Crop & Pest Report


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Soybean Physiological Maturity (09/10/15)

The soybean plants are rapidly moving to maturity.

Soybean Physiological Maturity

The soybean plants are rapidly moving to maturity. The loss of green pod color is a reliable indicator of maturity. Stage R7 according to Fehr and Caviness occurs when one normal pod on the main stem has reached its mature color. Physiological maturity (growth stage R8) is reached when 95 percent of the pods have obtained the mature pod color which can be brown, golden, yellow, or gray depending on the variety. The seed moisture will be around 35 percent. At physiological maturity the seeds will not add anymore dry weight and just have to dry down for harvest. In the NDSU soybean variety trial information the date when a variety is physiological mature is provided, unless otherwise indicated in foot notes.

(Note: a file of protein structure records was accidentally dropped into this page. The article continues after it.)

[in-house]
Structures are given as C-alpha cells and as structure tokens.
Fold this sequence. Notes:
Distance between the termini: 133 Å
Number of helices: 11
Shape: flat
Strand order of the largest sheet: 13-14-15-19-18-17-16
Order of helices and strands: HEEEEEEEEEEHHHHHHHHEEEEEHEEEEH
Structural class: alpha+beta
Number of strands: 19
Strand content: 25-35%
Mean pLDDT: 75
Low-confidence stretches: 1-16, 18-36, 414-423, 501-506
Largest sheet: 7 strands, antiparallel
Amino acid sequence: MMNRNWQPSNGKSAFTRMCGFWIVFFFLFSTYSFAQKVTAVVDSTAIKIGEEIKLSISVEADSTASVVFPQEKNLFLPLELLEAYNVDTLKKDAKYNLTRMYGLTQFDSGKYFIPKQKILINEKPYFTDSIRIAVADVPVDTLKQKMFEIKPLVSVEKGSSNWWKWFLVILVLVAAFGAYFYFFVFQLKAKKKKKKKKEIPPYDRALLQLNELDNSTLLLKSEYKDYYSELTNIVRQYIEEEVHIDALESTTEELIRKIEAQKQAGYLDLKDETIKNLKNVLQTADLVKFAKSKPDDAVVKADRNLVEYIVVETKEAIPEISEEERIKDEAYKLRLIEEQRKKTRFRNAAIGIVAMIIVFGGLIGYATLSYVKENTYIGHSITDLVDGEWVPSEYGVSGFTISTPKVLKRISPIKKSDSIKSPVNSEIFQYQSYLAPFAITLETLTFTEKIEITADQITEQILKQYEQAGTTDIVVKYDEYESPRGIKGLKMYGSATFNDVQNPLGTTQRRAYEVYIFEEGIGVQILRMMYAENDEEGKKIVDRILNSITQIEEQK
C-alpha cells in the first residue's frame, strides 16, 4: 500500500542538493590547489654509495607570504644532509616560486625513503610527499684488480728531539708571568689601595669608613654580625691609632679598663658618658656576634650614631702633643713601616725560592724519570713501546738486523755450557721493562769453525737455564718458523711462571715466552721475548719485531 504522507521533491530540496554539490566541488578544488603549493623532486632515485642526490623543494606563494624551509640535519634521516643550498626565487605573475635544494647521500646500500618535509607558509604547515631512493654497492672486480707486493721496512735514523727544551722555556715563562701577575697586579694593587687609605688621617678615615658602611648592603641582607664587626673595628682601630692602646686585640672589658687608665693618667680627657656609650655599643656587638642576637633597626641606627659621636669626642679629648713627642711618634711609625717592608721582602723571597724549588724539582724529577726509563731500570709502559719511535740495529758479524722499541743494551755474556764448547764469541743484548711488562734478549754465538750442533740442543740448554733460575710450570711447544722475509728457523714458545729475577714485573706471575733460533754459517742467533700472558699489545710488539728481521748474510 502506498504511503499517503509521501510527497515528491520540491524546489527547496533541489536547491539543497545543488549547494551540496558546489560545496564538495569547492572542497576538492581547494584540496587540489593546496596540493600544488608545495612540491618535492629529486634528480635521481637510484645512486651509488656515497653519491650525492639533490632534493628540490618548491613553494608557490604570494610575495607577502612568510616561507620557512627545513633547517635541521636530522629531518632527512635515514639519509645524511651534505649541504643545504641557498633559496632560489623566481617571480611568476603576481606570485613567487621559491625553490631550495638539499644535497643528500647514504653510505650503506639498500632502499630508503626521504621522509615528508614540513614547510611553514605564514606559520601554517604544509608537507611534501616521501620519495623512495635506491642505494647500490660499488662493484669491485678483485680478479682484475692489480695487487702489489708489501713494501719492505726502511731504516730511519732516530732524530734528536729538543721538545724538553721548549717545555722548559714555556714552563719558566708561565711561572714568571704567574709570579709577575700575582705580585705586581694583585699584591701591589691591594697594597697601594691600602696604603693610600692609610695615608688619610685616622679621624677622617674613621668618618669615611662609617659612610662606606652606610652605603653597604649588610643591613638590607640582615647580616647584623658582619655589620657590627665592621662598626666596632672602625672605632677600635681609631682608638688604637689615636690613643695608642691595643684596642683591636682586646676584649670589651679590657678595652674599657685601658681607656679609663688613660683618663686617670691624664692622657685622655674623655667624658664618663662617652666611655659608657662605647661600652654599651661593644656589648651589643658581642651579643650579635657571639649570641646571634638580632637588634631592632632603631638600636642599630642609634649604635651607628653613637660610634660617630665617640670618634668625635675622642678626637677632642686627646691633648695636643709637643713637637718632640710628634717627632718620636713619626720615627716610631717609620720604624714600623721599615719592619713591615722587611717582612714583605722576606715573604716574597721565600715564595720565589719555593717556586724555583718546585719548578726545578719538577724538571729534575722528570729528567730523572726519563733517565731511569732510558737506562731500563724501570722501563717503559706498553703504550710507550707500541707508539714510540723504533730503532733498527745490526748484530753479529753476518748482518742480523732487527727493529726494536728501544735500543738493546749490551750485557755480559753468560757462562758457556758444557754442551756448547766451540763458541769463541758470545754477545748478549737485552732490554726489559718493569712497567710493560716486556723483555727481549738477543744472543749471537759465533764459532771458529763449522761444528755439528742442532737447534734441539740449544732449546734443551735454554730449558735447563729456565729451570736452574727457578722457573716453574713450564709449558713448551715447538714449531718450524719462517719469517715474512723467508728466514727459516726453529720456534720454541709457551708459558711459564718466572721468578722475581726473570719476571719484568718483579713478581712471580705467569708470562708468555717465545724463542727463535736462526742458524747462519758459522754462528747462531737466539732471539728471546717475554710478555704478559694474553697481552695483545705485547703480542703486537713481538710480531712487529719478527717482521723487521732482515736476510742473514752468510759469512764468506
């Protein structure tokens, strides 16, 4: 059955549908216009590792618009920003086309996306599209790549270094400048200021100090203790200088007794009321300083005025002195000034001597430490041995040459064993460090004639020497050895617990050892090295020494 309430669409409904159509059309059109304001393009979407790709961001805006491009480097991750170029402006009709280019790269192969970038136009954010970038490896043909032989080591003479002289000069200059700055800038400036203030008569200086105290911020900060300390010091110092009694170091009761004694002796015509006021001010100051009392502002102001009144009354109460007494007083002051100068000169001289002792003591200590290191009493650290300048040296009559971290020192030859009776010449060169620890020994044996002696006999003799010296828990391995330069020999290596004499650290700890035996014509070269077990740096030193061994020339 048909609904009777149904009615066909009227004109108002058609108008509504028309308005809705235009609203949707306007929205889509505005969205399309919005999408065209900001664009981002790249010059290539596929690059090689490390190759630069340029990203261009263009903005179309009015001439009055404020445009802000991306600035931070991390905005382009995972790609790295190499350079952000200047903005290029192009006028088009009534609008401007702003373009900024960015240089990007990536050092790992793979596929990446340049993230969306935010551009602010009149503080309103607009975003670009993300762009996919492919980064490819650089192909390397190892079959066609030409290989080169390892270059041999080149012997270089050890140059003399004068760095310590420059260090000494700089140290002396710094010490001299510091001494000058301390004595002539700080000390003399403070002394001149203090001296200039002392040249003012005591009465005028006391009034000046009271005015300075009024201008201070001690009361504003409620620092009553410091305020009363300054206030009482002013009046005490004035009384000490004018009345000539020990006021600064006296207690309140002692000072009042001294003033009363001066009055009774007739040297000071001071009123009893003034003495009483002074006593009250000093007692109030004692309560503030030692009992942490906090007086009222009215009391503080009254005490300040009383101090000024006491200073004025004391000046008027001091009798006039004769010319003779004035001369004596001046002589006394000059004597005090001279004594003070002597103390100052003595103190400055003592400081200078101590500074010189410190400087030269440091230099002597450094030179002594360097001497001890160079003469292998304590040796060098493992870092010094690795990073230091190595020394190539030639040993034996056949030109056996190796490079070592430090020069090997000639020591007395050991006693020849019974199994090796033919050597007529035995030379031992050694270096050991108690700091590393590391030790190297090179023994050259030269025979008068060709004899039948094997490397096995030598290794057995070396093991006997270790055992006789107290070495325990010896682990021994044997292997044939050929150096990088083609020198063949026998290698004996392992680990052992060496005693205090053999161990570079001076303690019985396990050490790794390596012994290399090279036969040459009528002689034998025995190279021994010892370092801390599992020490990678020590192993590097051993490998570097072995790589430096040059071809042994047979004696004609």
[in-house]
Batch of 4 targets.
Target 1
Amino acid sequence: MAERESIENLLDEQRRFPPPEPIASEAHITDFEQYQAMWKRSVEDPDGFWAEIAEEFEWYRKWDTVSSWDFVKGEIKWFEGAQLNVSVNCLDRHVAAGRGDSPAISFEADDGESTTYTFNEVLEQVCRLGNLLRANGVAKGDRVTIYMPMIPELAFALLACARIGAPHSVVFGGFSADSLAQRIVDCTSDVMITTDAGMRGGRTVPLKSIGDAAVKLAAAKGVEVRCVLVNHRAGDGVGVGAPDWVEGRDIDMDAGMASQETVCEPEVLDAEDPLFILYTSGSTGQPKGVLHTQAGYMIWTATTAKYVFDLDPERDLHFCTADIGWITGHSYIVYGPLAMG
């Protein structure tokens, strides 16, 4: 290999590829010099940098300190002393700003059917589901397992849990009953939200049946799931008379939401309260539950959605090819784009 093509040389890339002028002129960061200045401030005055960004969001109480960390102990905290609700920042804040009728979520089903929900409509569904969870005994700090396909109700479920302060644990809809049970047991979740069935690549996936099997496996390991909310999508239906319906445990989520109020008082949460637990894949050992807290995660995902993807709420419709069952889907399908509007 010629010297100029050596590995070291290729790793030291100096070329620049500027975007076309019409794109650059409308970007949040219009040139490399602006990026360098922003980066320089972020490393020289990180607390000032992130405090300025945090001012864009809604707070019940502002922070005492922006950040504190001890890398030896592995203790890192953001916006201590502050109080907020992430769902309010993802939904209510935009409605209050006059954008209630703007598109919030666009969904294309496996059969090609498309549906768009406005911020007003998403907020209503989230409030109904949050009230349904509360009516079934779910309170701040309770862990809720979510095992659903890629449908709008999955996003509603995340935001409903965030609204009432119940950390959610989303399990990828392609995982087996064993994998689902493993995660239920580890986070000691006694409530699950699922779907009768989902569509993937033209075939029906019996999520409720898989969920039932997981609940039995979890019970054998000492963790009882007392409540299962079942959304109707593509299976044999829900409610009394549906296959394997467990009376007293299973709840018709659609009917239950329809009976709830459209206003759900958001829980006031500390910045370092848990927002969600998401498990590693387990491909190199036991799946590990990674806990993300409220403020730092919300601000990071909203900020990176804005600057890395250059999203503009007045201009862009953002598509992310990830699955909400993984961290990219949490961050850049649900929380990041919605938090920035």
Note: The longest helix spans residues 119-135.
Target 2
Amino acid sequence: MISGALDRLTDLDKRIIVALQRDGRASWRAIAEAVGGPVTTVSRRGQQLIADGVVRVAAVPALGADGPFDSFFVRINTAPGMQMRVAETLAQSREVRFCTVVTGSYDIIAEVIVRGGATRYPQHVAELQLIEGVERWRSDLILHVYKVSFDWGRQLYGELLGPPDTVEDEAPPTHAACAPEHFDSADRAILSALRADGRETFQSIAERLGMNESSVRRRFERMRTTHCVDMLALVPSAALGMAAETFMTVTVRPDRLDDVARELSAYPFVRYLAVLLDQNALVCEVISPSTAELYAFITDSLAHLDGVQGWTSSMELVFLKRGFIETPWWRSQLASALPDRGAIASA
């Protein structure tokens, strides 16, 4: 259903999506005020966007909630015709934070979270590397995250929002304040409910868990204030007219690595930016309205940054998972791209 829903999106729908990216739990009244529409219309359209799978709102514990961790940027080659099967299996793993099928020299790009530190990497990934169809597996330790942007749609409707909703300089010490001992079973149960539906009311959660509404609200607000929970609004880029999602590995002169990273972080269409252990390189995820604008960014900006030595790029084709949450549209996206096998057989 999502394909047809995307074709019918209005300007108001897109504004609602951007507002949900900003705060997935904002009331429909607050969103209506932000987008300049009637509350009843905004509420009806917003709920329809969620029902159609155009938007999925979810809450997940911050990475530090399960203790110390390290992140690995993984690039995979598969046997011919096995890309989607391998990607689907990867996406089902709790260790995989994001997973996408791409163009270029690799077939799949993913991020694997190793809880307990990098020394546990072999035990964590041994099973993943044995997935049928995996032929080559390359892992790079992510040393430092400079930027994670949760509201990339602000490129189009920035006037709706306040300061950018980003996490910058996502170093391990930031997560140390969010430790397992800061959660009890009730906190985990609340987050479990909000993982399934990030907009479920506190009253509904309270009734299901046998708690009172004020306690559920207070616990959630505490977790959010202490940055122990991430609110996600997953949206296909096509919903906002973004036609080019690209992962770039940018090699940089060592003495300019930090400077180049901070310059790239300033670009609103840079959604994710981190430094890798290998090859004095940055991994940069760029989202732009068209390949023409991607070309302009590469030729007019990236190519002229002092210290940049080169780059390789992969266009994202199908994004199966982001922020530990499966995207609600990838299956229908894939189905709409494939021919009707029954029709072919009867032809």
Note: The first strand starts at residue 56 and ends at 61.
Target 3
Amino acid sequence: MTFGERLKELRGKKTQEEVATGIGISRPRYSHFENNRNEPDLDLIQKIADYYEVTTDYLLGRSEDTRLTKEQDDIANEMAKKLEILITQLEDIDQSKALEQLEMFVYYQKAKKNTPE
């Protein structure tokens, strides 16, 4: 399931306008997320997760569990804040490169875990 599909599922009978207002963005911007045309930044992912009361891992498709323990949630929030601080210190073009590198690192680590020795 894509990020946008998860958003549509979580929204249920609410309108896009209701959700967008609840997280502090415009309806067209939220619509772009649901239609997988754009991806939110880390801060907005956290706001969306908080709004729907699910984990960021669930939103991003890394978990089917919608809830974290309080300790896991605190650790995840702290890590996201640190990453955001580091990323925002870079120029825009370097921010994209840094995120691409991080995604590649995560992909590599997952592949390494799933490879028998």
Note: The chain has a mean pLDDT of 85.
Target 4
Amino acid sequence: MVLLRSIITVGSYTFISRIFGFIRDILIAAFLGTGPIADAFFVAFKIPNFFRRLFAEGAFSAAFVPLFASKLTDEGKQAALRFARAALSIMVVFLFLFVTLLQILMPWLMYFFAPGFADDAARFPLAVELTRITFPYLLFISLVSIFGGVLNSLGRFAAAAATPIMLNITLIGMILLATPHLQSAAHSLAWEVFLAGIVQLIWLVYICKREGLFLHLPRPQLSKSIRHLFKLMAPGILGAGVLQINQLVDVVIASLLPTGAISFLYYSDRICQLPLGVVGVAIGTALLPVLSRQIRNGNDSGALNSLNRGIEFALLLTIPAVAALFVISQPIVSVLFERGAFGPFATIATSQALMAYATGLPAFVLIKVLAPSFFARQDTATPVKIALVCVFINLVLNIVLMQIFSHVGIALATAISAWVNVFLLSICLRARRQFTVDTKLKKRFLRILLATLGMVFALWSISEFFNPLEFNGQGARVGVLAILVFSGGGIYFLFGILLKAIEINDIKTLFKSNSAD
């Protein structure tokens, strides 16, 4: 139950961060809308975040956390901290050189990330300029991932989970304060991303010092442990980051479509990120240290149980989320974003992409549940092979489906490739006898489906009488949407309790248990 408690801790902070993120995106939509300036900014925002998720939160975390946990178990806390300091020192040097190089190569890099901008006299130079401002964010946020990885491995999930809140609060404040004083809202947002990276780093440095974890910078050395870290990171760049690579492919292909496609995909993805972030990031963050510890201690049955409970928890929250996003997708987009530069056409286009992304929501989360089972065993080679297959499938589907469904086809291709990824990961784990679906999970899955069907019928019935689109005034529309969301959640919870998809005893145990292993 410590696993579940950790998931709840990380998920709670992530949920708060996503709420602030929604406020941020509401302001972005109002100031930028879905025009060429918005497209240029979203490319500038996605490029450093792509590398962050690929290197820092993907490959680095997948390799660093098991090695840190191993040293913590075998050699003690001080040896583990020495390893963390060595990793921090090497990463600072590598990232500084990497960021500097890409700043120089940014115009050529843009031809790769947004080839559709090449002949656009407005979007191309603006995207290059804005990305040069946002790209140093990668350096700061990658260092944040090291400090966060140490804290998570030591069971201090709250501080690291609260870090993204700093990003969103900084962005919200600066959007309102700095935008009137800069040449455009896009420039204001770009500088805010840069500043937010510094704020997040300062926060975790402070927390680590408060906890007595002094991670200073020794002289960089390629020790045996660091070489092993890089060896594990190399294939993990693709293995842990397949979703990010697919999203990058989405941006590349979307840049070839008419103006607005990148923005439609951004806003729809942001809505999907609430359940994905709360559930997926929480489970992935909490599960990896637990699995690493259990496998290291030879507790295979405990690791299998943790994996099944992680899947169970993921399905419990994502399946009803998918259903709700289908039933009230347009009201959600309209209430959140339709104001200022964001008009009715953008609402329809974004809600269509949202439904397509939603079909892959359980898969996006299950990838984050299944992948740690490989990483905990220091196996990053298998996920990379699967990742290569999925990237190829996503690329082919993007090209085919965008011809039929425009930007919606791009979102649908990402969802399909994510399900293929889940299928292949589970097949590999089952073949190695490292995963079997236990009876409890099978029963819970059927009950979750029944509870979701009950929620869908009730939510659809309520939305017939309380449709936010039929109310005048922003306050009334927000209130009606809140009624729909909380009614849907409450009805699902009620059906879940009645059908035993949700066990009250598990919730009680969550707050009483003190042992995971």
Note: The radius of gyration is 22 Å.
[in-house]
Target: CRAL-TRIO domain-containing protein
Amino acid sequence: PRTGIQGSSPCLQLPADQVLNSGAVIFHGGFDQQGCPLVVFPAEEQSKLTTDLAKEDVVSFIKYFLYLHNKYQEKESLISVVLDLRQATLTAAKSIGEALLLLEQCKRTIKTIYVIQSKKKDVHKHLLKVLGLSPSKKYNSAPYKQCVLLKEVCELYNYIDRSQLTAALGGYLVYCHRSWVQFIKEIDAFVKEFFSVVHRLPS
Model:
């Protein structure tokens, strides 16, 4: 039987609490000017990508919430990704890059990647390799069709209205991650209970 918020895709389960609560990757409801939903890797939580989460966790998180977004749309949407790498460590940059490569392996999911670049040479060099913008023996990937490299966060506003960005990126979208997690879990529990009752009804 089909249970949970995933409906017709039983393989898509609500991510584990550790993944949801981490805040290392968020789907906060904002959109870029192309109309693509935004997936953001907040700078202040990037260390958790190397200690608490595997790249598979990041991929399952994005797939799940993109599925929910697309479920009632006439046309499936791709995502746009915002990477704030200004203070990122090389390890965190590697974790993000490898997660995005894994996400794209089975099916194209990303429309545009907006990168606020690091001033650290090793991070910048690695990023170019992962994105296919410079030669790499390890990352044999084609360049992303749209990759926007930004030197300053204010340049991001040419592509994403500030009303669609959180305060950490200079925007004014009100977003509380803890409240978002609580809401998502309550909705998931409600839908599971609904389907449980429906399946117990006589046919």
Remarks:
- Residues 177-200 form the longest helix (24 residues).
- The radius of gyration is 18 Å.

Individual pods can also be checked and when the beans are separating from the white membrane lining the pod, the beans will not gain anymore dry matter. Maturity can be determined on a plant or field basis but often there is variability in the maturity in the field due to differences in the growing conditions. In a drier field, the soybean bean plants in the lower areas tend to stay green a little longer. At 95 percent mature pod color on a plant it may take 4 to 6 days to have all pods reach the mature color. It will take about another 2 weeks (depending on temperature and humidity) to get down to harvestable moisture levels.  Harvest delayed to less than 13 percent moisture may cause an increase in pre-harvest shatter losses, sickle-bar shatter loss during harvest, an increased number of split beans, as well as a loss of soybean weight to sell.


 Hans Kandel

Extension Agronomist Broadleaf Crops

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